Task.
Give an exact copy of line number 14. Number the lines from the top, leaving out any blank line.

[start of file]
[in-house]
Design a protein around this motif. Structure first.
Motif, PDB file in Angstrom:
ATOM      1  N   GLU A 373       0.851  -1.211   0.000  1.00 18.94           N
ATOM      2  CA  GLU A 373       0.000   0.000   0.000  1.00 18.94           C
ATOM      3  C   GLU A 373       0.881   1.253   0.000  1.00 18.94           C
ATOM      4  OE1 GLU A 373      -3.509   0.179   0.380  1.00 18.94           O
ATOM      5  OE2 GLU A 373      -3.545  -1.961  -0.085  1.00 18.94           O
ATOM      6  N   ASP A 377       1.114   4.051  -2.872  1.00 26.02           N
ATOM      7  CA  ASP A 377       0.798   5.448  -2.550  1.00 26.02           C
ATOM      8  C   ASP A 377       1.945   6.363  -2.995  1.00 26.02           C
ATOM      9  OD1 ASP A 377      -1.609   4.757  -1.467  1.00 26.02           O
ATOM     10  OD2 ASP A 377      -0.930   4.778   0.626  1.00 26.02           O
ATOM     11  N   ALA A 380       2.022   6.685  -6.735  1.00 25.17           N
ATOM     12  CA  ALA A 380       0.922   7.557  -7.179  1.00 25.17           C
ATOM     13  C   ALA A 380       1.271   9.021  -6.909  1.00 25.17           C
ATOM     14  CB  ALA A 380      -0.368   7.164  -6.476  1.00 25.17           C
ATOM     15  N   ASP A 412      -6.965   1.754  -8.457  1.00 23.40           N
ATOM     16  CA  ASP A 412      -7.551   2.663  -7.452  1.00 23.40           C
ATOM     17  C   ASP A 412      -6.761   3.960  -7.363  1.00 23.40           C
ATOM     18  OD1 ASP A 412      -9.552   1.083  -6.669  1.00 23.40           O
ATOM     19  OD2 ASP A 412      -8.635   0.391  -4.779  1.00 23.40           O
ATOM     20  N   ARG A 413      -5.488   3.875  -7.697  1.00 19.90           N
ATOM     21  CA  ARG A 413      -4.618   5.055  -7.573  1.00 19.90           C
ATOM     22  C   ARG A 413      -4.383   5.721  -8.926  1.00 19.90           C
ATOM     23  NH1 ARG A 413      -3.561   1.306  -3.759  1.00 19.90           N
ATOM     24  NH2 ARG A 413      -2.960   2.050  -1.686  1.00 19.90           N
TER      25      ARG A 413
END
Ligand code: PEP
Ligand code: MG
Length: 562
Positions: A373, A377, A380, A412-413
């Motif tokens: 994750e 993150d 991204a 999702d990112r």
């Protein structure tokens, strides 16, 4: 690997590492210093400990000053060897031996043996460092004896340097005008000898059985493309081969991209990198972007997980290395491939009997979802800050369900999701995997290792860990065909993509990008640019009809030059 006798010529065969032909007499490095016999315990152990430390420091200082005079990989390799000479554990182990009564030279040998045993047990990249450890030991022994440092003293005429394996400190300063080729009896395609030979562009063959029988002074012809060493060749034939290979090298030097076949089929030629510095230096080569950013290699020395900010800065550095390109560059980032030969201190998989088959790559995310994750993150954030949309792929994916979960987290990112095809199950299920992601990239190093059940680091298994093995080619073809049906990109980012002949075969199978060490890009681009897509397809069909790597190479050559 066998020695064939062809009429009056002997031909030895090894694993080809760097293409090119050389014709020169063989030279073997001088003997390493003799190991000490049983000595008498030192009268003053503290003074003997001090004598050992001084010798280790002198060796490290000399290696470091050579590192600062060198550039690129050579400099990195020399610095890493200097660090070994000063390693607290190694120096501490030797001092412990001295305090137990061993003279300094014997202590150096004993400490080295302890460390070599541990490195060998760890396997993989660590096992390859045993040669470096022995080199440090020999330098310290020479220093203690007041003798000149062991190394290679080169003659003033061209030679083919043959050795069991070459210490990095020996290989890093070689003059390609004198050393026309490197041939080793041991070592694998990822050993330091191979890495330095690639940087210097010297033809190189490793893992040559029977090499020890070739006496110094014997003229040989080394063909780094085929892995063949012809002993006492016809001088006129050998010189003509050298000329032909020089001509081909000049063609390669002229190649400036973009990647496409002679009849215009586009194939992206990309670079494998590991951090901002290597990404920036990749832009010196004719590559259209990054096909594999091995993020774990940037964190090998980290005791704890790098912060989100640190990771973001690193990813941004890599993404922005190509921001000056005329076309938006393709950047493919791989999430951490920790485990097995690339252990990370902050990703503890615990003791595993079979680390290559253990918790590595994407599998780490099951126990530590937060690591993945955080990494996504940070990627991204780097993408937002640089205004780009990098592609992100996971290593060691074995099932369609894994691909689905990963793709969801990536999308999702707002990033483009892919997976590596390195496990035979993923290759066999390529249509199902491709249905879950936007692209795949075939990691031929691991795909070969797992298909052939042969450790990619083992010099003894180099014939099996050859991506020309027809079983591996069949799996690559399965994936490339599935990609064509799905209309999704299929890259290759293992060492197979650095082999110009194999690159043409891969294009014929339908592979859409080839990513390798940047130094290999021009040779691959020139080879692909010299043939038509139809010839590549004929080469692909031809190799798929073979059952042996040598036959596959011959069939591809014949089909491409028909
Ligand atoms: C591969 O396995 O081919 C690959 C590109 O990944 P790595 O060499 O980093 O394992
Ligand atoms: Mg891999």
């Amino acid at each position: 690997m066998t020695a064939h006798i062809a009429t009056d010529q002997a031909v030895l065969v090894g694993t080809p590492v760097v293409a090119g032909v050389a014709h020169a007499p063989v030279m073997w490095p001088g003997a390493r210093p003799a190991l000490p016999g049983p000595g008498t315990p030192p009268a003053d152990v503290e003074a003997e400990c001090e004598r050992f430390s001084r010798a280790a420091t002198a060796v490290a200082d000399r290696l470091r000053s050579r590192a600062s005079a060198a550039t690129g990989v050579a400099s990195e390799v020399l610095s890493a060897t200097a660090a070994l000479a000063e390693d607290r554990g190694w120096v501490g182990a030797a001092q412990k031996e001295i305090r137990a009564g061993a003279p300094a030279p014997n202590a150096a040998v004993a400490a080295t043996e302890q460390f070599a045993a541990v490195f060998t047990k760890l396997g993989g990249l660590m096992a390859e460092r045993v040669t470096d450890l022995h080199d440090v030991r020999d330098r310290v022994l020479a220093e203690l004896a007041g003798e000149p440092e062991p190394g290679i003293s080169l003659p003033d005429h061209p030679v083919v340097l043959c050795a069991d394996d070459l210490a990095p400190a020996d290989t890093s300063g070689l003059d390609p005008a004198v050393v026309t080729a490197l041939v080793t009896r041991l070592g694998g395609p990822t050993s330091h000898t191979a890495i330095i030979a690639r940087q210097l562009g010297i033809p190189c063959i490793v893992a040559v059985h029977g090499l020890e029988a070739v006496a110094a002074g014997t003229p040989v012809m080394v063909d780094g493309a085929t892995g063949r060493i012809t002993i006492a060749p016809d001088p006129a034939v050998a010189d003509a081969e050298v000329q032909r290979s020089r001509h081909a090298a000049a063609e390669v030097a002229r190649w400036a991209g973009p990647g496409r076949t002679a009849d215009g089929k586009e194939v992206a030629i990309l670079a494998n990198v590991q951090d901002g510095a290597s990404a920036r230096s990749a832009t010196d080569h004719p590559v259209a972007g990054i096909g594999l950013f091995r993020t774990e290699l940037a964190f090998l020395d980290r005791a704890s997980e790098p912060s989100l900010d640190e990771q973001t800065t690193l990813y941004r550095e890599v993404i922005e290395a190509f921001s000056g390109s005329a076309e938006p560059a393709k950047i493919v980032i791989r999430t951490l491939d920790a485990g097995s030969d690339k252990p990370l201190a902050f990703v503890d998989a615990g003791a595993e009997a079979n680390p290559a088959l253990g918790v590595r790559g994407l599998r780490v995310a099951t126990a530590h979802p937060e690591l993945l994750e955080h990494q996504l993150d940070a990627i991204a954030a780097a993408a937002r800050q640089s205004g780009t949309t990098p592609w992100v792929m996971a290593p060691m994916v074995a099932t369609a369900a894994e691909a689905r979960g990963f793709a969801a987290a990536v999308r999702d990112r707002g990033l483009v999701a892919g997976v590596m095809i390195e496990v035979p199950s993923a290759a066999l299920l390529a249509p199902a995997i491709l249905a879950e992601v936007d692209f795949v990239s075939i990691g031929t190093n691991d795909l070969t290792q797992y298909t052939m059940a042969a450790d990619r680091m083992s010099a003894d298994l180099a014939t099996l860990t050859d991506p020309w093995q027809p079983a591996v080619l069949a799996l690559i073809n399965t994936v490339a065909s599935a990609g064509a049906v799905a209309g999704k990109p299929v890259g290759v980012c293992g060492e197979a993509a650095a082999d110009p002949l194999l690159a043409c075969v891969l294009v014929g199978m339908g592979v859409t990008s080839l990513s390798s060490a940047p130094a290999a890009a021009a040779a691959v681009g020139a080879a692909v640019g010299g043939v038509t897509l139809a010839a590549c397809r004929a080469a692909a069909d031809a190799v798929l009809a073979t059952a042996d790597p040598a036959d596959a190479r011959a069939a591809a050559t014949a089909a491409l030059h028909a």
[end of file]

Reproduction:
ATOM     11  N   ALA A 380       2.022   6.685  -6.735  1.00 25.17           N